Thanks for the links! I’m going to go through all of those later tonight.

      I also just replied to a comment and my response was very similar to what you said regarding putting distance between the dog and the fearful object. As I mentioned to Jen I’m going to check with our trainers to see what their stance is on this subject.


  8. Thanks for listing these! With my puppy I am pretty sure I made all of these mistakes. It’s difficult to know what to do and what works – as you get told so many different tips and techniques from so many sources! Plus what doesn’t help is my puppy is quite stubborn, so I sometimes think my training methods just aren’t working!

    1. Hi John,

      I’m glad you like the list. I’ve also received many tips and advice from many different sources. Even the #1 tip on this list is being challenged in the discussion area which I think is great. Thanks so much for stopping by!

      Take care,

    1. Hi Jen,

      Thank you for the link to the article. I have heard that “You Can’t Reinforce Fear”. However, I have heard from several reputable dog trainers (people that I admire and trust) that you should not cuddle and reassure your puppy when he is scared. I have also been given the same advice from the guide dog organization I volunteer for. Sometimes there are conflicting opinions in the dog training world. I’m going to do some more research into this topic and see what I can find. Maybe it will be good for another blog article 🙂


      1. Granted, I would also not cuddle a puppy in the typical example scenario that’s given: walking a small dog or puppy, and when a crowd of children appears. Dog is afraid and starts growling and barking. Cuddle or no? I would not cuddle. Barking and growling out of fear aren’t behaviors that I want to reinforce, and I will redirect in those sorts of instances.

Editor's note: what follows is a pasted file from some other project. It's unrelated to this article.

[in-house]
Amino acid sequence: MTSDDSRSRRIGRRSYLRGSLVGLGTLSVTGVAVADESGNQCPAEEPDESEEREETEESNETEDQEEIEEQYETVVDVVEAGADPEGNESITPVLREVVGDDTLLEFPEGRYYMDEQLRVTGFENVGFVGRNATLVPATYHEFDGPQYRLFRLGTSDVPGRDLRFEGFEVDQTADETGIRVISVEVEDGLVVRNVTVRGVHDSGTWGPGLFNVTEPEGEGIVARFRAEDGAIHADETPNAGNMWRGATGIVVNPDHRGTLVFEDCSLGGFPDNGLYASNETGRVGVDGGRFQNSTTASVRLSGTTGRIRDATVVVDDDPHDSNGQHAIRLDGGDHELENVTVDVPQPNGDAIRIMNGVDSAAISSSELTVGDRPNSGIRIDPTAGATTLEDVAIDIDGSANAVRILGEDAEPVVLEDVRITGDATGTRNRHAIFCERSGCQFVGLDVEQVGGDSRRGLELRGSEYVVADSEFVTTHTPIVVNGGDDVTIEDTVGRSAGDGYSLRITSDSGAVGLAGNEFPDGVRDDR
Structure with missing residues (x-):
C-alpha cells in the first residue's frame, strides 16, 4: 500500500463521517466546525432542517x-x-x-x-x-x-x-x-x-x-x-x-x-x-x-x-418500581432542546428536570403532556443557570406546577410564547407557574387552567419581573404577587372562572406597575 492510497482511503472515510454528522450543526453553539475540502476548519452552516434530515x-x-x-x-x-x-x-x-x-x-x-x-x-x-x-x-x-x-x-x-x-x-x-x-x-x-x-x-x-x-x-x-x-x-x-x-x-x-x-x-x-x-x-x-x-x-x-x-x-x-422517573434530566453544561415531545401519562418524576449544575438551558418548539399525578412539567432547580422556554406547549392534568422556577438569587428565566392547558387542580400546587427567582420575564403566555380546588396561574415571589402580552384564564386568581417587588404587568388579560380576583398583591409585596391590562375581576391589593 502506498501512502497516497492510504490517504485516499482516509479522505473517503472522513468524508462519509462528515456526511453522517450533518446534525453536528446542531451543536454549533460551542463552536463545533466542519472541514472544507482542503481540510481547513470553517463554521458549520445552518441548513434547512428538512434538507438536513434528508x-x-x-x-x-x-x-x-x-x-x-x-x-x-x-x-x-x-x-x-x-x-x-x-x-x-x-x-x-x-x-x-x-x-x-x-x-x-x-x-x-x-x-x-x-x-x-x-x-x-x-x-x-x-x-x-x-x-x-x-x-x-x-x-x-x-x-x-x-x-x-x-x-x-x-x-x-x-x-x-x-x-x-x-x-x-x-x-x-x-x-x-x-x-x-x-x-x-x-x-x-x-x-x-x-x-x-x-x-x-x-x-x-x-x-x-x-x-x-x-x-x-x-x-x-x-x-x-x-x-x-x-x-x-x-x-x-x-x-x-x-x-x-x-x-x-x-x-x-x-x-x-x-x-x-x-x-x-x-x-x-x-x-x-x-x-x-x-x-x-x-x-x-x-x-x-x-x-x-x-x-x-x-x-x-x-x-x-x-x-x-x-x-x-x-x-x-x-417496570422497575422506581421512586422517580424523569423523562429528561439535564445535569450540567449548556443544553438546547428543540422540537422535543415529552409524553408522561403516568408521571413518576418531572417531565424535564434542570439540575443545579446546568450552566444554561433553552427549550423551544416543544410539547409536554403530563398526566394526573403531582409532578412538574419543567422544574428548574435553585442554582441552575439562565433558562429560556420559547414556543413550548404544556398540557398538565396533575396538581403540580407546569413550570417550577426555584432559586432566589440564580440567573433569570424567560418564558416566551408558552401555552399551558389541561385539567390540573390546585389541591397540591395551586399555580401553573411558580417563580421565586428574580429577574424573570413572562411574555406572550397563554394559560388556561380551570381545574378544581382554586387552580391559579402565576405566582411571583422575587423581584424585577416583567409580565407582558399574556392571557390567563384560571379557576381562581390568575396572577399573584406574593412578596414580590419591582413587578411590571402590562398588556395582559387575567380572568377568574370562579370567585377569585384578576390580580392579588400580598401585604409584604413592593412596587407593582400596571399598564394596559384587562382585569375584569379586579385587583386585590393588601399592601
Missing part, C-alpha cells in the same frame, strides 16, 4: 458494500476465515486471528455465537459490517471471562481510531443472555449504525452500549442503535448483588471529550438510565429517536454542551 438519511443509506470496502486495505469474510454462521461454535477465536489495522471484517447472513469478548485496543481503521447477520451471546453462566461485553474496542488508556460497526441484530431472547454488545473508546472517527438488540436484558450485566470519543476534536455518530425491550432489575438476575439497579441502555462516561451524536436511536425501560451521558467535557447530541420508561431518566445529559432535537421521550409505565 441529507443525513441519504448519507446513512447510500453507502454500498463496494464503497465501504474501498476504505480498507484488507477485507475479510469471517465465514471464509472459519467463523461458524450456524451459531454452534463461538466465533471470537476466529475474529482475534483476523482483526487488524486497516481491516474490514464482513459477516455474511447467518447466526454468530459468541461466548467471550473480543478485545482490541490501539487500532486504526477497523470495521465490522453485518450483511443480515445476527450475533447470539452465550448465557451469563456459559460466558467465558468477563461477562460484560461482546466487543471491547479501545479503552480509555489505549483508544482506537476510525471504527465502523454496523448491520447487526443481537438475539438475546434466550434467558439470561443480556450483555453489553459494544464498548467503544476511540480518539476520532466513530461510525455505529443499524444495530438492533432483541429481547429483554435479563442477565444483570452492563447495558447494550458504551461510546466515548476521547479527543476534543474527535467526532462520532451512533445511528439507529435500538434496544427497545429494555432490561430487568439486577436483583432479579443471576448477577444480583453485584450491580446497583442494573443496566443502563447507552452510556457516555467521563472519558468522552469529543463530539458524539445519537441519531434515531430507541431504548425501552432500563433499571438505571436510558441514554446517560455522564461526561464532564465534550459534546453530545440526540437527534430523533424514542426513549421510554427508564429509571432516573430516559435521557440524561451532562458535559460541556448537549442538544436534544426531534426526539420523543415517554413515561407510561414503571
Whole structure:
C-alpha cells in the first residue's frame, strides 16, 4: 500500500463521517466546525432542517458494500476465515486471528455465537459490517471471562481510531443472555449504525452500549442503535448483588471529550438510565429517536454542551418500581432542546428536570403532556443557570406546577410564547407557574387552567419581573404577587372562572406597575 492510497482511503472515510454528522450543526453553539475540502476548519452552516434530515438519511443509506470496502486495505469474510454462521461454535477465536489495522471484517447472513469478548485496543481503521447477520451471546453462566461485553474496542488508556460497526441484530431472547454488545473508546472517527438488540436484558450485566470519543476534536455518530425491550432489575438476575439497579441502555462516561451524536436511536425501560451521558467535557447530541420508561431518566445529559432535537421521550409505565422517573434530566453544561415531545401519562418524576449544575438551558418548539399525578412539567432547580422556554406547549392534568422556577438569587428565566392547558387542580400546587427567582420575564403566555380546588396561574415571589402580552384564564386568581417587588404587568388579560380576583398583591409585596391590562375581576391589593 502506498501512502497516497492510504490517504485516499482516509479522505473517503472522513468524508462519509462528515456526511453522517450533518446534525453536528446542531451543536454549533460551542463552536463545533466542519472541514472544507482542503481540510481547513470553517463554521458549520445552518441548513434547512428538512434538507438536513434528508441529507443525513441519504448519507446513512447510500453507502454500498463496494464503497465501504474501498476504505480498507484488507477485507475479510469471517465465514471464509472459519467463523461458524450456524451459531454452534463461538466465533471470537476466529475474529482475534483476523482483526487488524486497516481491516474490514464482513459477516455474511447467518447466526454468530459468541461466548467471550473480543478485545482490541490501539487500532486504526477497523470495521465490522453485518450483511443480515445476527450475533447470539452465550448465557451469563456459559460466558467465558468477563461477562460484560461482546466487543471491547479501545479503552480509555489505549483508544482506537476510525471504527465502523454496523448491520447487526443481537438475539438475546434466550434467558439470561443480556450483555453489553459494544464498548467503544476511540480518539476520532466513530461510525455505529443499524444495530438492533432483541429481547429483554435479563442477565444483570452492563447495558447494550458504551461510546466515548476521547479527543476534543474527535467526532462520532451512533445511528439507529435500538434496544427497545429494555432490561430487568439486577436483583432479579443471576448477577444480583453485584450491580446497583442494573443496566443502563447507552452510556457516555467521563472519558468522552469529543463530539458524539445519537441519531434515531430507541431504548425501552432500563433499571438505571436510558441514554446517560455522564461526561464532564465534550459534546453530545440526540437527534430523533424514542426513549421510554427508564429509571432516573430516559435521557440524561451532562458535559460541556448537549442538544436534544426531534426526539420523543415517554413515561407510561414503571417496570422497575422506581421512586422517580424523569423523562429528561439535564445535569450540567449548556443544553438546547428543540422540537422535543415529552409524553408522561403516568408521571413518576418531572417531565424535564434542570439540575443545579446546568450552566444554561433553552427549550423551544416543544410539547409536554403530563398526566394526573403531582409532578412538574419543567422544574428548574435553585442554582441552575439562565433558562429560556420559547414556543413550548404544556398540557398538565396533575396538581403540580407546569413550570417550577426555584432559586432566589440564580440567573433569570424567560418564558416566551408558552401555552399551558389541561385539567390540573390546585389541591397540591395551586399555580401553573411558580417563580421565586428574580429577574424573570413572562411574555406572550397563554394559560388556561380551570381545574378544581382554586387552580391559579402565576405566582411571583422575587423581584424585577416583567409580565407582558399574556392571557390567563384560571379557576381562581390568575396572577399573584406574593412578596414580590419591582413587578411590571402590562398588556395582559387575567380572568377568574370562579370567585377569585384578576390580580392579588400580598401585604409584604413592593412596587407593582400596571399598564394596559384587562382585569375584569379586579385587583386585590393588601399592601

I do think it would make another good blog!

        1. Hi Jen,

          Thanks for the example. When raising our puppies we follow the directions from our guide dog school. I’m going to check with our trainers to see what their current thoughts are on reassuring our pups when they are scared. However, every scary situation is a little bit different, but in general we usually try to redirect our pups attention by giving a command like “sit” or “down”. If our pups are sensitive to something like say the garbage truck (because it’s big, noisy, and smells funny) then we try to introduce them at first from a distance where they are not afraid and give them praise for being confident when seeing, hearing, smelling the garbage truck from a distance. Over time we slowly move them closer to desensitize them to whatever object they are afraid of.

          I agree this discussion would probably make a good blog post.


  9. Thank heaven for crates! We’d never have survived Kuster’s early puppyhood without one. We also learned not to let your puppy train you. When he was a very little guy, Kuster learned that an accident in the ex-pen earned him a hall pass. It took weeks of moving him to either the ex-pen or crate after an accident to teach him that it wasn’t going to get him what he wanted after one or two times of just letting him out. Live and learn! lol The crazy thing was he knew to go outside really quickly and would always go out there, he just saved a little to try to get out of the pen!

    It was nice to meet you at BlogPaws! 🙂

    1. That’s a good one: “…not to let your puppy train you.” If you’re not training your puppy then your puppy is probably training you. It was great meeting you too! I hope to see you again at next years BlogPaws.

      1. Although the most important piece of advice I ever got relates to your rolled up newspaper tip: “For the most part, we don’t potty train puppies, they are training US to understand when they have to go potty!”